It’s a blur, I don’t remember much and much of what I do remember I remember because we took a photo but the rest of it? It’s gone. Vanished from my memory.

And I’m disappointed about that but mostly I’m scared that it’s going to happen again with Elijah. That these moments, even the really hard ones, (which are way too many right now) I don’t just want to survive these moments, I want to remember them.

I want to remember what happened that pulled me out of that day that I got peed on and never had time to change my shirt. (okay, that was yesterday), was it a first smile? An older sibling loving on a baby? An older sibling loving on Mama? My Mom helping the older kids with homework while I nurse the baby? Friends always bringing us dinner? Daddy coming home from work with flowers? A kiss on the forehead before he leaves for work?

I don’t want to forget those good moments that rescue me from the hard ones.

So, I better pay closer attention to the good ones than the bad ones, starting now, when I finally had time to sit down and update this blog.

Filed under: parent.

At it again

April 16th, 2010 - By Beth Fletcher

I’m certainly stunned by how difficult having a newborn is and this is my third baby. How did I survive the first one? I don’t know but I did and that’s all I am focusing on. And now that first newborn? She’s seven and gets report cards and wears flats and prefers to wear her perfume on her wrists rather than her shirt.

Everyone keeps telling me to enjoy this time because it doesn’t last very long, secretly I think “THANK GOD” because this is hard and I miss my family but also I think “I know this, I know this, I know this, now where are those kissable cheeks and tiny toes, oh yes, ON MY BREAST.” Always on my breast.

The third child is tricky because I do have two other kids who go to school and who require lunches, help with homework and have your basic bathing needs.

Then there’s the housework and the fatigue … oh my gosh, the fatigue. I forgot what tired REALLY is. We are trying to steal away moments, in between feedings, homework and getting peed on, ones that teach the older kids that having a baby really was a good idea and that YES, he does do more than cry. (I think.)

We still try to eat together and when we can’t we compromise. Today the kids came home from school and we sat on the floor and ate M&M’s, they liked the M&M’s, I liked the time together and it all worked out.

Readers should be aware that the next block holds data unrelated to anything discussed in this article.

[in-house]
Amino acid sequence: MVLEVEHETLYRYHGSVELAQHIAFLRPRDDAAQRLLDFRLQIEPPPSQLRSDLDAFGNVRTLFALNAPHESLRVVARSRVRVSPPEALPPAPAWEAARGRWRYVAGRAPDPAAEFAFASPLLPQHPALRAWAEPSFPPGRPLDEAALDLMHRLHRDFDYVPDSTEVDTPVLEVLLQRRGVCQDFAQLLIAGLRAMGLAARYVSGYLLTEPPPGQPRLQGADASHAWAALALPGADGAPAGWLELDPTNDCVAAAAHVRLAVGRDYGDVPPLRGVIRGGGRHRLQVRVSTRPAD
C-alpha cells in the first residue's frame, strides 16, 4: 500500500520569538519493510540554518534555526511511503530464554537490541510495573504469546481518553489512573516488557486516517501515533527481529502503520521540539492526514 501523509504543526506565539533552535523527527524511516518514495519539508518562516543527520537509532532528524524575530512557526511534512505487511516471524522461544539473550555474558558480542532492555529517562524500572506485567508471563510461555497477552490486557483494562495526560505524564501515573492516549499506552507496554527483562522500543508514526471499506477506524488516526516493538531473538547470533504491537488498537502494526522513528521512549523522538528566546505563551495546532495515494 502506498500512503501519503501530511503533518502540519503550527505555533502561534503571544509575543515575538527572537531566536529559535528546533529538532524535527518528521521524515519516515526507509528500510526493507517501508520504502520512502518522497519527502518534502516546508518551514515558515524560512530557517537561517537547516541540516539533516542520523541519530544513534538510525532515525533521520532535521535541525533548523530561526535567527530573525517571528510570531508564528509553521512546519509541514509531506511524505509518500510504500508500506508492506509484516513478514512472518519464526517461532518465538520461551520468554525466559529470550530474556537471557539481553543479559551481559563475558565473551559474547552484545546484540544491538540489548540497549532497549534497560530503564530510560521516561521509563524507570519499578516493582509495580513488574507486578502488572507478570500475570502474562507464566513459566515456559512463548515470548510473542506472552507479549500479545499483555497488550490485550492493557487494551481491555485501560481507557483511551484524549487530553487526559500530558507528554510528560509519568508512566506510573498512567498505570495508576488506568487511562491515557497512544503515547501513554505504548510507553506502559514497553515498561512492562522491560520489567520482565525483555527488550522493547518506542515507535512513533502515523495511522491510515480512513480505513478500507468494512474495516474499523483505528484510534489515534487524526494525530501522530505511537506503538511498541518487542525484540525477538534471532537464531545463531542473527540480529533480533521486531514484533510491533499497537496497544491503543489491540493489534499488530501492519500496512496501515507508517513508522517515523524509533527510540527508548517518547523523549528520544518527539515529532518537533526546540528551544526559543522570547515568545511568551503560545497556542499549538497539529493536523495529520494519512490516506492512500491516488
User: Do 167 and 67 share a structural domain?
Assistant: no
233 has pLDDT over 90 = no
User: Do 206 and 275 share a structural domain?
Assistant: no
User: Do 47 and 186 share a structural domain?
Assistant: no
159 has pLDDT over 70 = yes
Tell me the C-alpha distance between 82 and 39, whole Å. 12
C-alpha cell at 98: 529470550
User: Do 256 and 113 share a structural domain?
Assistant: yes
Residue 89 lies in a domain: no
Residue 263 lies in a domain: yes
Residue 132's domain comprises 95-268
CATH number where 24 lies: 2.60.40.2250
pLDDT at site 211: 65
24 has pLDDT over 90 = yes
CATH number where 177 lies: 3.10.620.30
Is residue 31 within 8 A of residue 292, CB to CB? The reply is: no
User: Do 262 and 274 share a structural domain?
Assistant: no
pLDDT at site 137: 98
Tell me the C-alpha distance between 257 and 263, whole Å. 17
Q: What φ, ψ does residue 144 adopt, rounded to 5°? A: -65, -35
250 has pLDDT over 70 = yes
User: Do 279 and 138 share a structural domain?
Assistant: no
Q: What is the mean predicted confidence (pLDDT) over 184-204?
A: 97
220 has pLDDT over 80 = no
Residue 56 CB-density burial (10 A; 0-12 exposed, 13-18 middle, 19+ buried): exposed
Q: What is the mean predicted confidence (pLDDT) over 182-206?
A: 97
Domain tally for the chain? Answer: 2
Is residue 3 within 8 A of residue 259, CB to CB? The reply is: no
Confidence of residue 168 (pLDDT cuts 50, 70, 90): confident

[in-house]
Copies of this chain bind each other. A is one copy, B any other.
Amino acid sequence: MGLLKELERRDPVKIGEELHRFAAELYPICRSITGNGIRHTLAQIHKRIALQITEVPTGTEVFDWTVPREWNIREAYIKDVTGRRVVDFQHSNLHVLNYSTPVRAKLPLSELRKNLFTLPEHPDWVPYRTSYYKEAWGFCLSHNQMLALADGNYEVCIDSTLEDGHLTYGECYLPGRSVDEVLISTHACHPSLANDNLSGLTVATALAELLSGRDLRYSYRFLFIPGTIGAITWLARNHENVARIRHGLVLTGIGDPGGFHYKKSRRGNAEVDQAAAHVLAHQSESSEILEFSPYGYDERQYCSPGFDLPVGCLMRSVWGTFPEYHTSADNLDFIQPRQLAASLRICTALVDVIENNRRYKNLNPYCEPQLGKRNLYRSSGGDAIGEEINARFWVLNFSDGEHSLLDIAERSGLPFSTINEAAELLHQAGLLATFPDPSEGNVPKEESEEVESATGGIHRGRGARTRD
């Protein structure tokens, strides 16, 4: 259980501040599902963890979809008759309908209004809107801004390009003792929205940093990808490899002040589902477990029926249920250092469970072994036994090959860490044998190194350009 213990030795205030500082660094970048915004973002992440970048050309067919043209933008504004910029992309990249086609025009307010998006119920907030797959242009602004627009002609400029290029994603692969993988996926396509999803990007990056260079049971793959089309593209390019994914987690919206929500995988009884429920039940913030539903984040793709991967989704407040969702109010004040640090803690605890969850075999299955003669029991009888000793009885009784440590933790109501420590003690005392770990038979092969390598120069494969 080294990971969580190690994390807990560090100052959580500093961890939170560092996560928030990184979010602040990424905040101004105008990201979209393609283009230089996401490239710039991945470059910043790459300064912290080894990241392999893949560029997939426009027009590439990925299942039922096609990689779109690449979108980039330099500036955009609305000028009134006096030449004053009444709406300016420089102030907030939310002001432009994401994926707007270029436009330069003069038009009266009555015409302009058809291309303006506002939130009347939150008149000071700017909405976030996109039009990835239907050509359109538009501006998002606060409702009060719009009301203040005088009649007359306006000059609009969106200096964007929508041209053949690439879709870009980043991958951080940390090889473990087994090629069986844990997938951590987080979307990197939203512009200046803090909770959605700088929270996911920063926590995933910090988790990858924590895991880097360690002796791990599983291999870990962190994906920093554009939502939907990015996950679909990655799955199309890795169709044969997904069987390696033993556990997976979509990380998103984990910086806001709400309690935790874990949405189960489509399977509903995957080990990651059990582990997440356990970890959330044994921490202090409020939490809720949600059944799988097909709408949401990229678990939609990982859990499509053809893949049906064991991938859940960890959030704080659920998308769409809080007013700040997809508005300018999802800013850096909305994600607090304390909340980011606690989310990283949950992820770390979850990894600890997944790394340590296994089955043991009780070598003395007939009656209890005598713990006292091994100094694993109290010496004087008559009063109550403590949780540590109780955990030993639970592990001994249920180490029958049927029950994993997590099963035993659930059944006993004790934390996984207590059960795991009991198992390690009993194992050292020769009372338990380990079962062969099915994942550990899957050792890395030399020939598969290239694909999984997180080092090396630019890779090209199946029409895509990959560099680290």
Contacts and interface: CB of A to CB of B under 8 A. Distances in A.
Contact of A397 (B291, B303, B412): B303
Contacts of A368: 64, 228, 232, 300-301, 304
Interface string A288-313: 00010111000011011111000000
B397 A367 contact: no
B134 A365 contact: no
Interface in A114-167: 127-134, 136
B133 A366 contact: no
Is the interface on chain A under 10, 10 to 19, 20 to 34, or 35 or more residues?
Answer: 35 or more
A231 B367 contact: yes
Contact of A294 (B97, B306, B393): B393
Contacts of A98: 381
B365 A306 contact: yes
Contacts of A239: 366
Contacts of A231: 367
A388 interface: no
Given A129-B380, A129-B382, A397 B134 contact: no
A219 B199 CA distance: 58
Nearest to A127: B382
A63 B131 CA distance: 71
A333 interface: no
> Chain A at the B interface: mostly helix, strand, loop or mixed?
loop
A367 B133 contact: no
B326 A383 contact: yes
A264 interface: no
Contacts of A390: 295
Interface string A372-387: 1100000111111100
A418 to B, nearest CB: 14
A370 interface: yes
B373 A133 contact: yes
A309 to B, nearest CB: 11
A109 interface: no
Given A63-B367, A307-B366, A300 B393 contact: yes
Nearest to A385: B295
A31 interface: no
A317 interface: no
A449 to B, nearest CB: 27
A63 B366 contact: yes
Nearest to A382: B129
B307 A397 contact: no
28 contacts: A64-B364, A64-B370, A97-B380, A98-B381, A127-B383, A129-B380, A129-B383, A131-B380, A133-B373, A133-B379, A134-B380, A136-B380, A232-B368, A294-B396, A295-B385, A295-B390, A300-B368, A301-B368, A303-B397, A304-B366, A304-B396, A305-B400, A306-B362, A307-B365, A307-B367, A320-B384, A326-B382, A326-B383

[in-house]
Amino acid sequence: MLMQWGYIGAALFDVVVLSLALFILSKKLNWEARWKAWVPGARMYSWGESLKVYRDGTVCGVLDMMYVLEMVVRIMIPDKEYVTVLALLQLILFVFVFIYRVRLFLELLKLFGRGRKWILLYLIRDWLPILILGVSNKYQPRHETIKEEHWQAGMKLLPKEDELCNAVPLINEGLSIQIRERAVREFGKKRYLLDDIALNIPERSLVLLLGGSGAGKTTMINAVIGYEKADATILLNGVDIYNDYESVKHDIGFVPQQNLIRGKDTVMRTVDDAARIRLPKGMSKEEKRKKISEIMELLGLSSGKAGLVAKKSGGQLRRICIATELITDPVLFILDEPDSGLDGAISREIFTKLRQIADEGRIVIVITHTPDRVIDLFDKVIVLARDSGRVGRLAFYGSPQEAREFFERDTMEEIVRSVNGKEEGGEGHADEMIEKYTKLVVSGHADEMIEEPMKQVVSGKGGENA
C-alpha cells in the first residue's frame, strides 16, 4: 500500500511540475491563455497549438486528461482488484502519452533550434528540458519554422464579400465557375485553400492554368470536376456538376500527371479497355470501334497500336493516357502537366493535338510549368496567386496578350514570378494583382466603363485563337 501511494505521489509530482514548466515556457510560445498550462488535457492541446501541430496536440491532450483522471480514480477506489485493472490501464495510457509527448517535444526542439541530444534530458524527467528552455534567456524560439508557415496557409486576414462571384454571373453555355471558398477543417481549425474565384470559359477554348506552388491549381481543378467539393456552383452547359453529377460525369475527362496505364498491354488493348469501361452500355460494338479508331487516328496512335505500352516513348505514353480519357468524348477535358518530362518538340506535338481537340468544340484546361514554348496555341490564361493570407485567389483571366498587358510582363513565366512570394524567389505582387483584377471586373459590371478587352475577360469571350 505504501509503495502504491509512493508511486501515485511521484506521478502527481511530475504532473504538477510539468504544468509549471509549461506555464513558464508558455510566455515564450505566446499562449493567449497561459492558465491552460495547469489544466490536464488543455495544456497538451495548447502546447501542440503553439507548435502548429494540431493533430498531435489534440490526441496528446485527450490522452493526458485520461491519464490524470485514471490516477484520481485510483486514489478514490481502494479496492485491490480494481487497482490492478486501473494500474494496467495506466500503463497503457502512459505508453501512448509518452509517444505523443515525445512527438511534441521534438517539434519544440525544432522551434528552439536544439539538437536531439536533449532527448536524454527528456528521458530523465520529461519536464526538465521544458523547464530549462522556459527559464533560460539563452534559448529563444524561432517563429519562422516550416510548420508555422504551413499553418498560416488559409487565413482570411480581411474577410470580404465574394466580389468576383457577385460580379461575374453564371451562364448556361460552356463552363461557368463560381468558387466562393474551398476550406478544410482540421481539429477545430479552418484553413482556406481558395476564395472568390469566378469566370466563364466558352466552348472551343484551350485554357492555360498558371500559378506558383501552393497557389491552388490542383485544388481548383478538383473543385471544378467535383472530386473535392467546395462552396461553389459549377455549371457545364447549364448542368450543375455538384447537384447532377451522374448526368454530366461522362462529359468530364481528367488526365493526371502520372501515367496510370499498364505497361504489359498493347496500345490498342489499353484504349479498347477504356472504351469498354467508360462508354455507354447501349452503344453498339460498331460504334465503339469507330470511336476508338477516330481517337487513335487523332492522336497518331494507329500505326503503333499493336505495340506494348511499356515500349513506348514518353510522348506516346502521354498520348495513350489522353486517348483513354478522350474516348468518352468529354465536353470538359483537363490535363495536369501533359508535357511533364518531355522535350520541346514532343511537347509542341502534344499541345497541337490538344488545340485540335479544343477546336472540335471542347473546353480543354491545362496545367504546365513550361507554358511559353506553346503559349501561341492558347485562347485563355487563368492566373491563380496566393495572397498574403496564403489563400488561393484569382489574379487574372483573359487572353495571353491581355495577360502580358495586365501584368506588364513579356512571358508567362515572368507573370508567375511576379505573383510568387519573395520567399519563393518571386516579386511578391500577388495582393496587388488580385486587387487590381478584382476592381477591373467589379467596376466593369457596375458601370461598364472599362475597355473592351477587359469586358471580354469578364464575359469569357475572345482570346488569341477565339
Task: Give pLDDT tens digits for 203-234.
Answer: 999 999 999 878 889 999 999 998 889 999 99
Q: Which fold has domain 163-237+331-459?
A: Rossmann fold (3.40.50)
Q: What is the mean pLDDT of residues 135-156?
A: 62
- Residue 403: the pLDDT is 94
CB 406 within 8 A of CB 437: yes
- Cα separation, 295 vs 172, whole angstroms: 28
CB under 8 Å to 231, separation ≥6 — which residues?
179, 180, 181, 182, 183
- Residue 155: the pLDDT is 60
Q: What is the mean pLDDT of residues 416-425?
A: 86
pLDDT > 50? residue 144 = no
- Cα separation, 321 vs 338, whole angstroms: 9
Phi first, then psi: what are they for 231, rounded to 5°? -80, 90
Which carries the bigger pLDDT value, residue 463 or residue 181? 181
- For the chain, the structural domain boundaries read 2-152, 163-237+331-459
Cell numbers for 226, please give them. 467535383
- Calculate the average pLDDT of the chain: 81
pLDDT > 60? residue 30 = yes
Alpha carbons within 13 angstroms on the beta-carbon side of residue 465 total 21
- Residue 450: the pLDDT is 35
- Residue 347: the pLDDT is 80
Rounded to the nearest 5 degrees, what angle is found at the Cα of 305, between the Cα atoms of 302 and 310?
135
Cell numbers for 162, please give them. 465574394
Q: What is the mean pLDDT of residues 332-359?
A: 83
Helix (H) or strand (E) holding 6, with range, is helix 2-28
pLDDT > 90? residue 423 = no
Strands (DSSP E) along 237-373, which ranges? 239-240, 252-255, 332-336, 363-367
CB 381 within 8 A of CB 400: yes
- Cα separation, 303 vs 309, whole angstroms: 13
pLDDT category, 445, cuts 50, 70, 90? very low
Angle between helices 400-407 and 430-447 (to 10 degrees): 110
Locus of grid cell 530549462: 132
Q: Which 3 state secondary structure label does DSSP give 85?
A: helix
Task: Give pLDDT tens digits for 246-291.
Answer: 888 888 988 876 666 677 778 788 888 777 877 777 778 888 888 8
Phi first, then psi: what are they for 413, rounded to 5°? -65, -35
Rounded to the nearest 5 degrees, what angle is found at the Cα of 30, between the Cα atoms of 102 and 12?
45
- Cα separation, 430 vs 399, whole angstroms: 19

Just like this newborn phase, it’s all going to work out.

Filed under: parent.

Friends

March 25th, 2010 - By Beth Fletcher

Our neighborhood is full of children and sidewalks and we even have a playground. It really is a fun place for kids to grow up.

Of course, I am a pretty over-protective parent, so I prefer my kids to be snug in our backyard, right where I can see or hear them every single second.

Over the winter, two children moved in right next door. A boy and a girl. The girl is one year younger than my daughter (which makes her my son’s age) and the boy is one year younger than my son. We’ve only had a few days where the weather was decent enough for them to play outside but when they did the new neighbor kids were outside, too.

We are amazed at how quickly the four began to play together and for how long and with so much laughter and no fighting.

It’s actually peaceful.

And it’s also amazing because these two kids who just moved in this winter? Do not speak English. At all.

And the four? Really get along, they really seem to like each other. I feel like they teach me a lesson every time they go outside and play. A lesson to let my guard down and just play.

The best part for me, however? Is when those neighbor kids make poop and fart jokes, my kids will never know the difference.

I think that is pretty awesome.

Filed under: parent.

The book of Love

March 10th, 2010 - By Beth Fletcher

I live by the book.

The book of routines and living by what is right and what I think I’m supposed to do. My kids do chores, they have five servings of fruits and vegetables everyday and they sleep eleven hours each night. I plan meals, they fill out chore charts each night and we have designated reading time before bed.

It’s good, it keeps us all straight and healthy, we forget to do very little and our kids know what to expect.

It’s a little boring. BUT IT WORKS.

Tonight felt different, it was warm outside, I had energy, the kids were in great moods and Daddy had just done the grocery shopping. I felt like living. (see how easy I am?)

So, Anna and I prepared dinner, cheeseburgers, tater tots and mixed vegetables. Which is normal.

We played music while we prepared dinner. Which is normal. But this night? We danced to Taylor Swift and laughed. (how can you not laugh at a 36 week pregnant woman dancing?)

But when the kids asked for chocolate milk? I SAID YES. And I made it extra, extra chocolate-y.

And for dessert, rather than serving fruit for dessert, I served hot fudge sundaes with sprinkles and a cherry on top. After dinner, rather than racing around cleaning off the table and picking up dinner, we sat and talked about what to expect when the baby arrives. We talked about James and Jake, we talked about future children, I talked to my six year old son about nursing.

We sat. We listened. We conversated. We became really excited.

All of this inspired by love. And inspired by Love and the type of person and Mother that she is. (go meet her now and maybe live like her, at least for one night.)

Filed under: parent.